Built by the Manchester Ship Canal Company, Salford Docks was the larger of two sections that made up Manchester Docks; the other being Pomona Docks to the east. They were opened in 1894 by Queen Victoria and spanned 120 acres (49 ha) of water and 1,000 acres (400 ha) of land. At their height the Manchester Docks were the third busiest port in Britain, but after containerisation and the limit placed on vessel size on the Manchester Ship Canal, the docks declined during the 1970s. They closed in 1982, resulting in the loss of 3000 jobs.
In 1983 Salford City Council acquired parts of the docks covering 220 acres (90 ha) from the Manchester Ship Canal Company with the aid of a derelict land grant. The area was rebranded as Salford Quays and redevelopment by Urban Waterside began in 1985 under the Salford Quays Development Plan. Faced with major pollution issues from quality of the water in the ship canal, dams were built to isolate the docks, after which water quality was improved by aerating it using a compressed air mixing system. Within two years the quality was sufficient to introduce 12,000 coarse fish, which have thrived in the environment. Water quality is monitored fortnightly by scientists from APEM, the Manchester University Aquatic Pollution and Environmental Monitoring Unit, and the improved habitat has been recognised by the Angling Foundation and the Institute of Fisheries Management.
Between 1986 and 1990 the infrastructure of the docks was modified to create an internal waterway network. Roads and bridges were built and a promenade along the waterfront constructed and landscaped. Moorings and watersports facilities were provided and a railway swing bridge moved to cross Dock 9. A hotel, cinema, housing, offices were built on Piers 5 and 6 followed by more developments on Pier 7. Public funding and private investment totalled around £280 million by the early 1990s.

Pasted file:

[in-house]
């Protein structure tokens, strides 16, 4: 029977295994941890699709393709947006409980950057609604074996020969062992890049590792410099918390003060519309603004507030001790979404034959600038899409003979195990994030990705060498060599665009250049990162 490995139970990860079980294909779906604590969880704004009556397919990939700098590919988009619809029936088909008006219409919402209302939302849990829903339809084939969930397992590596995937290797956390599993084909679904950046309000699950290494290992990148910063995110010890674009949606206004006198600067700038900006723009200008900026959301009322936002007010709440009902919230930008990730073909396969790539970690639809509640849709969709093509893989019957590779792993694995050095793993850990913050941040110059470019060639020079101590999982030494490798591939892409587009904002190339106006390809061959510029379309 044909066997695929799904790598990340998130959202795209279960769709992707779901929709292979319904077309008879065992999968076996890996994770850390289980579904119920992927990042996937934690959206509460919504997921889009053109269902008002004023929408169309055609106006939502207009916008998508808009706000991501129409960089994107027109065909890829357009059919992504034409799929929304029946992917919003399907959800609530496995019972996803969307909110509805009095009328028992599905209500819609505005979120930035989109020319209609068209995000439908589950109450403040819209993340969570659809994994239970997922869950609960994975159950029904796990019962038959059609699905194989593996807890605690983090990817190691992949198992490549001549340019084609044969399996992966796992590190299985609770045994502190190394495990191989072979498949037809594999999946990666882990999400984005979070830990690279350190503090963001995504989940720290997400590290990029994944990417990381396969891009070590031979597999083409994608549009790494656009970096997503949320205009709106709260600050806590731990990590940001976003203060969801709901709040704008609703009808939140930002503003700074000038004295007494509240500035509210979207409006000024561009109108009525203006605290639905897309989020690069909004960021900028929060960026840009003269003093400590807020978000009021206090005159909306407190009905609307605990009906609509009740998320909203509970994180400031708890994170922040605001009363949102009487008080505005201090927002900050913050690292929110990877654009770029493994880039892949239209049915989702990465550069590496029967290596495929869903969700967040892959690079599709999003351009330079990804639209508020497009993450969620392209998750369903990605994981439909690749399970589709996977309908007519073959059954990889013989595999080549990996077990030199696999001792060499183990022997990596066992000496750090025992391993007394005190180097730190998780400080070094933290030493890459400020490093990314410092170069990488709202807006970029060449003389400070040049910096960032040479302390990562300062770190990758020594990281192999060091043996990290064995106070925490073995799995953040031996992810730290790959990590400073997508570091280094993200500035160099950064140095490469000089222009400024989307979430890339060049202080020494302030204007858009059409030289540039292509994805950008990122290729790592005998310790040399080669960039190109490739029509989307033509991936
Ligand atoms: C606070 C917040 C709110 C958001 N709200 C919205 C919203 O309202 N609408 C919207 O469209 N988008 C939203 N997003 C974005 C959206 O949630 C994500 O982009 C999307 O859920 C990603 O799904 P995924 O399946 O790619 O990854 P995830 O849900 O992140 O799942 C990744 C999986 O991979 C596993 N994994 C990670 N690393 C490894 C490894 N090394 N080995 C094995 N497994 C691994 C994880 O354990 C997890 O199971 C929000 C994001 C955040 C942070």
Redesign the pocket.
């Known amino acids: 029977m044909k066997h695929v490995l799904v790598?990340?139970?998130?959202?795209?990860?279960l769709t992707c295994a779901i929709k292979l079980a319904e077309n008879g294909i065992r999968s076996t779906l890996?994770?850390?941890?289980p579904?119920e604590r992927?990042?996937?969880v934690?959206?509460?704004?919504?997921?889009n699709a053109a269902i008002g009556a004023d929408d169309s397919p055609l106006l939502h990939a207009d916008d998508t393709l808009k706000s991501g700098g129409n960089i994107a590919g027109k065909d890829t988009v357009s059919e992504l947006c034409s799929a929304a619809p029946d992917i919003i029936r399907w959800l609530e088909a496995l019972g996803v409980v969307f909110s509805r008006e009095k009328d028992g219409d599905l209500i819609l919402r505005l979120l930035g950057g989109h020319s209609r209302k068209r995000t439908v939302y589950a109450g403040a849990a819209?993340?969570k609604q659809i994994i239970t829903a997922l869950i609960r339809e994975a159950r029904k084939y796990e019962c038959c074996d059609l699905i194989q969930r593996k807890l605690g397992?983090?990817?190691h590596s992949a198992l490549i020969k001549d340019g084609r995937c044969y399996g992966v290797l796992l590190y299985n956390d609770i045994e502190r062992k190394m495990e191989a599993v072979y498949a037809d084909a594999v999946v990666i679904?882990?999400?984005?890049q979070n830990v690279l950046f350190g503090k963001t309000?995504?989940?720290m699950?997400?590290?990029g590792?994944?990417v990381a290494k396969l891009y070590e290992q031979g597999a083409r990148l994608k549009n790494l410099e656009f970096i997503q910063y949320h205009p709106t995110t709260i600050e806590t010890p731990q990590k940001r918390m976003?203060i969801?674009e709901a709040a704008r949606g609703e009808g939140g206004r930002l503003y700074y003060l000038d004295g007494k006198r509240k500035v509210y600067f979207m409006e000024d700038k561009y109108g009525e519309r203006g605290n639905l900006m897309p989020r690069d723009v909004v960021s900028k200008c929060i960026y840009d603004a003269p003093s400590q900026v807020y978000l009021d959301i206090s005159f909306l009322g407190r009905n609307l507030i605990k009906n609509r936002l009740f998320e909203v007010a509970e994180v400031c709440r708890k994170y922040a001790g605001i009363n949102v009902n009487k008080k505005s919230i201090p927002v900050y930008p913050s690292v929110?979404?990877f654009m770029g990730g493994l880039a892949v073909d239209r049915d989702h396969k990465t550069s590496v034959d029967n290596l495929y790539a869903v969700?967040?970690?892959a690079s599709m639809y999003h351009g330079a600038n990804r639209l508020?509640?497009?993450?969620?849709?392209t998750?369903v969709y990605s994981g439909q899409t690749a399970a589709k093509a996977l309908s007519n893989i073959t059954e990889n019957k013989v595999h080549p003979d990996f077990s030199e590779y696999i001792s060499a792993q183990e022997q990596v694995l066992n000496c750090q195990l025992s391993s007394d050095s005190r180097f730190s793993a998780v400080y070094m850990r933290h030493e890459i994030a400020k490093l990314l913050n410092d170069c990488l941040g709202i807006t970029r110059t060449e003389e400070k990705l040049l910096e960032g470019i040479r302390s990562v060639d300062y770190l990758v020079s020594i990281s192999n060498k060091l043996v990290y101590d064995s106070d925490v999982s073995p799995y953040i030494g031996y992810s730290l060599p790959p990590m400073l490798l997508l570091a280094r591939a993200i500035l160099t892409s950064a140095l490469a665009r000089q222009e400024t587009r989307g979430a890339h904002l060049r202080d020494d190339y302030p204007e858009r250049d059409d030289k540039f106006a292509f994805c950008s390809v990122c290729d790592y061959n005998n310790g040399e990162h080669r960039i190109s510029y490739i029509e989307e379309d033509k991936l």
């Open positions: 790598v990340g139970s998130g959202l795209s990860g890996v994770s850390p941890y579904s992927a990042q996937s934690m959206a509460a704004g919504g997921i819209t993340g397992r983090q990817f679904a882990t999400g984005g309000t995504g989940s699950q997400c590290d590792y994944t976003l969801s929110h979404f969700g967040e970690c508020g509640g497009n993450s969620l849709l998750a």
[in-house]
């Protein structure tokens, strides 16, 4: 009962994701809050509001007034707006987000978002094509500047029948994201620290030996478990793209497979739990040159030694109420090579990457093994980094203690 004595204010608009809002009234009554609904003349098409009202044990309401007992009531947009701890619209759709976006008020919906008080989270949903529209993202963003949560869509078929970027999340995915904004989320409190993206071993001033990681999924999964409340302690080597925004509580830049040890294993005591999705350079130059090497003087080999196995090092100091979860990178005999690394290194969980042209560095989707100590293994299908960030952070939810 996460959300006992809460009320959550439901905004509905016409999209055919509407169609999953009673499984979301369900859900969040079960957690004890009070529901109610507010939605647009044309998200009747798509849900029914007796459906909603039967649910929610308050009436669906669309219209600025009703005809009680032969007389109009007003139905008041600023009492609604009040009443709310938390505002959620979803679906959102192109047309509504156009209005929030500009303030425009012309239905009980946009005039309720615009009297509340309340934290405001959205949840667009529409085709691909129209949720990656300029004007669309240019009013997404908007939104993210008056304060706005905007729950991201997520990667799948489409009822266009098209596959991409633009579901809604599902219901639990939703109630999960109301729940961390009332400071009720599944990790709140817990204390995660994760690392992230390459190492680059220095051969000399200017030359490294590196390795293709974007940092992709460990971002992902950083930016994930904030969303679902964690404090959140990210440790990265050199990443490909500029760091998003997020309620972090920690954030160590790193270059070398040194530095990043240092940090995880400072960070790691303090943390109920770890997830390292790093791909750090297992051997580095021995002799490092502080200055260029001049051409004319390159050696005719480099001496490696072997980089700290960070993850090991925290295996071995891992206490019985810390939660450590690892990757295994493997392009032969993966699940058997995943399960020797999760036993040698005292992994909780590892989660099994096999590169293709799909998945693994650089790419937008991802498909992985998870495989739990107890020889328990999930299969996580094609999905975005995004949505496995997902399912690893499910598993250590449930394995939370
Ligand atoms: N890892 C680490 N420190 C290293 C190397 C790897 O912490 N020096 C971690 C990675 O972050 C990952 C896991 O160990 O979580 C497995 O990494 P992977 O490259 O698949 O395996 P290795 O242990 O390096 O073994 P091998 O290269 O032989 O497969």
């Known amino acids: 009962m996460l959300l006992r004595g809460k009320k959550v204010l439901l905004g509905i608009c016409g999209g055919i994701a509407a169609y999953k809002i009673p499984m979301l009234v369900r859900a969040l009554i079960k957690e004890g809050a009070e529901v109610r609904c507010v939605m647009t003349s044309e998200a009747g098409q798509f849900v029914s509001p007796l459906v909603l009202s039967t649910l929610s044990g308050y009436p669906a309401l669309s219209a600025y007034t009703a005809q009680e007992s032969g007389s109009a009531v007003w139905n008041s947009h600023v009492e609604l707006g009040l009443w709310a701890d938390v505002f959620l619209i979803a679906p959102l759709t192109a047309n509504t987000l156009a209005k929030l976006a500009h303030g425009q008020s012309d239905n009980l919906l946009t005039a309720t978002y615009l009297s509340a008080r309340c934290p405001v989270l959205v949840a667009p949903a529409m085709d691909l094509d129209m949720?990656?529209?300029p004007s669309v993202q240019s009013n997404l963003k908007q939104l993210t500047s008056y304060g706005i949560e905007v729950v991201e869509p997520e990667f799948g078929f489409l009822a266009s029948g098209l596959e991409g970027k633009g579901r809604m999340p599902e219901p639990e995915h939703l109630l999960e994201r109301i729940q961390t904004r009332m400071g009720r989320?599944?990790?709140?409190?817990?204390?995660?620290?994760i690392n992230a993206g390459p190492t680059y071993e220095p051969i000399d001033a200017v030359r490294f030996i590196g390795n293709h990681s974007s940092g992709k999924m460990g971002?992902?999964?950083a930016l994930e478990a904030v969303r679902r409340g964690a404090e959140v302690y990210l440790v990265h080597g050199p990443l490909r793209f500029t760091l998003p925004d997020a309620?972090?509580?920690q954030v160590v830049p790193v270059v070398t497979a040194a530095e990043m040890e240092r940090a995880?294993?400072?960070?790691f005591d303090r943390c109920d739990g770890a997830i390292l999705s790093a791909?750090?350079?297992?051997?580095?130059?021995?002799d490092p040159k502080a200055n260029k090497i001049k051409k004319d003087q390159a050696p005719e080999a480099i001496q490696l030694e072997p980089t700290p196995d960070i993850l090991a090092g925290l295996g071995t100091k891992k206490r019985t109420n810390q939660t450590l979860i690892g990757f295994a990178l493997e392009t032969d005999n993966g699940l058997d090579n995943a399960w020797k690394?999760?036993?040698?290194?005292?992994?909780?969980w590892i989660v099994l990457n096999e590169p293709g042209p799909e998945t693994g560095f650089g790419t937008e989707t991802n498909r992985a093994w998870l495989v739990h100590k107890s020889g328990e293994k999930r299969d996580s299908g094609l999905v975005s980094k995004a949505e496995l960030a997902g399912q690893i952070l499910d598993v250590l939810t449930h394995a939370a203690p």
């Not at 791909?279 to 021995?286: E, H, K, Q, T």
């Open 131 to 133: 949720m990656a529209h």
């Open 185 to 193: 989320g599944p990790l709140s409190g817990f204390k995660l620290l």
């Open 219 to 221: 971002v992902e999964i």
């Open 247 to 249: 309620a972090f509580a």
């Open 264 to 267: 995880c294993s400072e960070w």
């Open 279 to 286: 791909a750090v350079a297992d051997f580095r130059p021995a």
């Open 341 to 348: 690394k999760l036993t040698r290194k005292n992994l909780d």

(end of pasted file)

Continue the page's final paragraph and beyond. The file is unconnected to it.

Early in the planning stages for redevelopment of Salford Quays in 1988, potential was recognised for a landmark arts venue, the Salford Quays Centre for the Performing Arts, which became known as the Lowry Project in 1994. It had secured £64 million in funding by 22 February 1996.
The Lowry stands at the end of Pier 8, largely surrounded by the waters of the Manchester Ship Canal. Designed by James Stirling and Michael Wilford, it opened on 28 April 2000 and houses the 1,730 seat Lyric theatre, the 466 seat Quays theatre, studio spaces and 17,330 square feet (1,610 m2) of gallery space. There are cafes, bars and a restaurant at the south-western end of the building. The centre is associated with L. S. Lowry, and houses a unique collection of his work.